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Table of Contents

Setting up the Virtual Machines

This explains how to set-up a virtual machine (VM) in VirtualBox, to act as either a 'data computer' (server) or 'analysis computer' (client) for DataSHIELD.


Note: you don't have to do the setup manually.

The OBiBa github page provides scripts to automate this:

  • The instructions below give extra information for creating the VMs yourself. If you're using vagrant to create the VMs, you can ignore the rest of this page.

1. Create an Ubuntu Server 14.04 32bit Virtual Machine

  • Give the VM:
    • 20G hard drive
    • 1024G+ RAM
    • In addition to the default NAT adapter, also create a host-only adapter (so the VM has two network interfaces)
  • During installation, ensure you check the box to install OpenSSH. Otherwise, the defaults are all fine.

2. Set up the networking

Give the VM a static ip

  • The NAT adapter can be left as dhcp, however the VM needs a static ip address on the host-only adapter.

Start the VM. Edit /etc/network/interfaces:

Code Block
$ sudo vi /etc/network/interfaces

For the primary interface it will list the lines:

Code Block
auto eth0
iface eth0 inet dhcp

This is likely to be the NAT adapter - ensure that eth0 is the correct interface, by checking with the ifconfig or ip addr commands.


Note: You have make sure you get the interfaces the right way round. In this example, eth0 is the NAT adapter; eth1 is the host-only adapter. This depends on the order you set up the adapters for the VM, or whether you cloned the VM from elsewhere and reinitialised the MAC address.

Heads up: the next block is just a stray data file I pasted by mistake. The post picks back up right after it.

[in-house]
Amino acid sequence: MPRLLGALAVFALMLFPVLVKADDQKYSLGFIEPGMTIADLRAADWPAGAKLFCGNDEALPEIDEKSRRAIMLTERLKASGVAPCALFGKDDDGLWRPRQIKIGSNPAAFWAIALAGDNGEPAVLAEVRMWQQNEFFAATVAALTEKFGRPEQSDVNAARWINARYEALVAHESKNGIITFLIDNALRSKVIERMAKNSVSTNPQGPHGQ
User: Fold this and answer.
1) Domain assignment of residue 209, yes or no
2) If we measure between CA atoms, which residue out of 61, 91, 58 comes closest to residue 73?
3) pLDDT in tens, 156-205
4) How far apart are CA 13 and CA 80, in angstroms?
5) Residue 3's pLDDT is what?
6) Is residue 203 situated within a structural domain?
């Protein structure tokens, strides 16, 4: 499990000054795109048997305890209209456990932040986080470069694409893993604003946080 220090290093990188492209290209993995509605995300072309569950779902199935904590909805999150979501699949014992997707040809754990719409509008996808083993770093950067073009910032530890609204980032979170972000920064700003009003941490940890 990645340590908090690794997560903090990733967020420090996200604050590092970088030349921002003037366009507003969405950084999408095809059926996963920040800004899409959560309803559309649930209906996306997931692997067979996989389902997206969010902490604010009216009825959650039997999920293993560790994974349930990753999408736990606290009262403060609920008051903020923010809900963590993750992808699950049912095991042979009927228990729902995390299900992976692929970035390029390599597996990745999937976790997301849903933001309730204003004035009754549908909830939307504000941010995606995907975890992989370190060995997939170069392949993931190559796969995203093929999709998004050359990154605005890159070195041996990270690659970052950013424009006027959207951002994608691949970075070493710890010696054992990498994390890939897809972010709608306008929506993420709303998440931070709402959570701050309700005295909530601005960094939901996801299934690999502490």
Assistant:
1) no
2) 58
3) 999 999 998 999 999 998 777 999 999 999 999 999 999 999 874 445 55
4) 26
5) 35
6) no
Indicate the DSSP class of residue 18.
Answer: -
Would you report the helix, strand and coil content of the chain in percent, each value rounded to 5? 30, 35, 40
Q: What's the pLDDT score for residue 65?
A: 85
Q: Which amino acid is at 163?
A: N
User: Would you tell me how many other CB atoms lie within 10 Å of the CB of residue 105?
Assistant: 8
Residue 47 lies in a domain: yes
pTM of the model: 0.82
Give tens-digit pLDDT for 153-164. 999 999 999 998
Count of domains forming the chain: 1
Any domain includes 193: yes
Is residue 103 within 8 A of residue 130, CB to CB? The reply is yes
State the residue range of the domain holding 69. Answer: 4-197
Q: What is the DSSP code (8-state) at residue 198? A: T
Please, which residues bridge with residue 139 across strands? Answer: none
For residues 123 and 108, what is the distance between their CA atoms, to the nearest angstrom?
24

For the host-only interface (likely eth1), you are going to change 'dhcp' to 'static' and add the static configuration. Assuming the host-only adapter has the address (default), then edit the interface (eth1) as follows:

Code Block
auto eth1
iface eth1 inet static
#   ^^^ IP Address for the VM

To test your changes, restart networking in the virtual machine:

Code Block
$ sudo service networking restart

And view the interfaces:

Code Block
$ ip addr

This should list the IP you assigned in /etc/network/interfaces.

SSH access

With the host only network set up you can ssh from the host machine into the VMs (or, of course, from one VM to another):

Code Block
$ ssh user@

If this fails, check the host is connected to the host-only interface.

3. Install Opal

You can download a script that will perform a basic install of opal and its dependencies.

opal-datashield-vm script

4. Add data to opal

Data can be added to opal using the web interface, accessible at:

Code Block
languagexml or :8443

from a browser on the host.

By default:

Code Block
username: administrator
password: password

Instructions can be found in the opal documentationTo really test what you are doing and to do analysis in your local environment you probably need a DataSHIELD VM. This can be set up to look and behave just like a real DataSHIELD instance would that is hosted somewhere with real data. 

There are a few approaches to get to this goal:

  • Grab one of our pre-built VMs.
  • Build the whole thing from scratch with Vagrant.
  • Install the software on an existing VM with Puppet.
  • Install the software on an existing VM manually.
  • Use containers.

All of our continuous integration is based on the Vagrant install, so that is a good option.